# Determine stability of feedback system from open loop transfer function and Nyquist stability criterion gives different results

I'm confused due to the fact that the Nyquist stability criterion and looking at the transfer function doesn't give the same results whether a feedback system is stable or not. When I have the system of this block diagram the closed loop transfer function is:

$$T_{CL}(s) = \frac{G}{1+GH}$$ Due to the Nyquist stability criterion this closed loop transfer function will be marginally stable when GH = -1 + 0j and unstable when $$GH = < -1 + 0j$$ (if the open loop transfer function is stable, in this case there aren't any poles in the right half plane thus the nyquist plot should not encircle the point -1, so this plot should stay right from this -1 point).

However when I look at the closed loop transfer function, I would say that this system is unstable for $$GH = -1$$. In this case the transfer function becomes infinity so a bounded input will result in a unboundend (=infinity) output.

In my train of thought the point $$GH = -2$$ would again be stable since $$T_{CL}$$ will be finite again, however conform the Nyquist stability criterion this point wil still be unstable?

I know that Nyquist is correct but what's the problem with my way of thinking However when I look at the closed loop transfer function, I would say that this system is unstable for 𝐺𝐻=−1. In this case the transfer function becomes infinity so a bounded input will result in a unbounded (=infinity) output.

This depends on your definition of stability. $$GH = -1$$ is called marginally stable because depending on how you look at it, it could be stable, or it could be unstable.

In the Lyapunov sense that @Petrus1904 mentions, it is stable. But if you take bounded-input bounded-output (BIBO) stability to mean that the input can go on infinitely long but within bounds, then the output can, indeed, go to infinity. So in the BIBO sense it's unstable.

Hence, "marginally stable".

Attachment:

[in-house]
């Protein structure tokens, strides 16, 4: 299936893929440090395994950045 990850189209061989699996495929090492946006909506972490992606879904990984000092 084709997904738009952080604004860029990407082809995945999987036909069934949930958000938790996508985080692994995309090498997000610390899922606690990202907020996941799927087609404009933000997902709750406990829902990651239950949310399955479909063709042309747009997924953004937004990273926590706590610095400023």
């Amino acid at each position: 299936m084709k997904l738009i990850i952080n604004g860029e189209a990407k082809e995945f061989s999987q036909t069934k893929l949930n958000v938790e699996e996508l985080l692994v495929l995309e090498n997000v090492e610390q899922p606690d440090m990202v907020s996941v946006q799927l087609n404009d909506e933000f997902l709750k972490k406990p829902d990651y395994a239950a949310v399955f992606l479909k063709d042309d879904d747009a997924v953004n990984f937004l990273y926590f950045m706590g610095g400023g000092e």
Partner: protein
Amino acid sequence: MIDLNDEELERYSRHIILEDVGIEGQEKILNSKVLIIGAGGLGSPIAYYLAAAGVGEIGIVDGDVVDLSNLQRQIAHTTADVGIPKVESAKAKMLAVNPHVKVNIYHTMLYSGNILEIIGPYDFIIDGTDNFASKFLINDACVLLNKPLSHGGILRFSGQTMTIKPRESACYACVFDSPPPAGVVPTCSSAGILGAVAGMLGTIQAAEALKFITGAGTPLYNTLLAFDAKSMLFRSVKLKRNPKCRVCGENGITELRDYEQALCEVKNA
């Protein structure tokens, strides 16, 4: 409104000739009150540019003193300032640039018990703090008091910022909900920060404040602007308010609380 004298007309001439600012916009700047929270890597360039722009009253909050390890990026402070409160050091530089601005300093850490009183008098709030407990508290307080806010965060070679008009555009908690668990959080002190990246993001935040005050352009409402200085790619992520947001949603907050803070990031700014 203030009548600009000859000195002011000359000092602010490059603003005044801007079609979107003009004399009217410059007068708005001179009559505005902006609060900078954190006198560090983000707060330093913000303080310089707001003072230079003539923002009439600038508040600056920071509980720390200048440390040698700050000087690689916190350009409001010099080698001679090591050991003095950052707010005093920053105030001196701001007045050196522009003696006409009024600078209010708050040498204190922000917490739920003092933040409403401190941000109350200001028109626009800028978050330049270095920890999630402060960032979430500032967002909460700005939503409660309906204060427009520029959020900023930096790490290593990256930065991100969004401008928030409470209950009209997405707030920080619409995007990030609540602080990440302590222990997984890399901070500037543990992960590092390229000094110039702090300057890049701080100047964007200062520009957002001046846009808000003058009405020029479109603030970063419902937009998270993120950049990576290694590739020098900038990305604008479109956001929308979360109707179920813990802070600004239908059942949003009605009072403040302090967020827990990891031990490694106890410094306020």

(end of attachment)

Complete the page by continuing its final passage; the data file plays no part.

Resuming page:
In my train of thought the point 𝐺𝐻=−2 would again be stable since 𝑇𝐶𝐿 will be finite again, however conform the Nyquist stability criterion this point will still be unstable?

An unstable system can have a transfer function that never goes infinite for $$s \in j \omega$$. All it requires is that there are no poles on the stability boundary.

I apologize for not taking the time to do so, but I know that I could dummy up a system that has $$GH = -2$$ and was still stable, because I've designed such systems. All you need to do is wrap a double integrator with a PID controller: let $$G = 1/s^2$$ and $$H = k_i / s + k_p + \frac{s}{\tau_d s + 1} k_d$$ and tune for stability. The resulting system will have a spot in its open-loop Bode plot which has a phase shift of 180$$^\circ$$ and a gain greater than one -- to get that gain equal to two you'll just need to jigger the numbers around.

Addendum: Use the PID transfer function I give above with $$k_i = 0.002$$, $$k_p = 0.02$$, $$k_d = 0.2$$ and $$\tau_d = 0.01$$ and you should get a system that's stable, with $$GH \simeq -2$$ at somewhere around $$\omega = 0.1 \mathrm{\frac{rad}{sec}}$$.

Assuming I got my math right...

There are a few things I can note about your question. As far as I have always learned, the nyquist stability criterion is taken over the openloop transfer function. if you take the closed loop transfer function, you should count the encirclements of 0 instead (if i recall correctly).

The formal definition of stability, as expressed by the Lyapunov's stability criterion is the following (in layman terms): a system is considered stable if the amount of energy in the system is less or equal to the amount of energy put into the system. Again, very this is the very basic and there are some formal mathematical rules bound to this that I will not bother you with. But it means that if you stop exciting the system, the amount of energy in the system will not increase.

For example take the following system: $$H = 1, G =1/s^2$$. $$T_{cl}$$ has an infinite magnitude if excited with a signal carrying a frequency of 1 rad/s. However, if you stop exciting the system, the magnitude of the signal will not increase anymore (due to the nature of this system, it will not decrease either). As such, the energy in the system remains bounded and does not increase. In fact, if you excite this system with any other frequency than this resonance frequency, its magnitude will not increase either. As such the system is (marginally) stable. Its the same example as with a single mass in space. if you push it, it will move forever forward. But the energy in the system does not increase without excitation.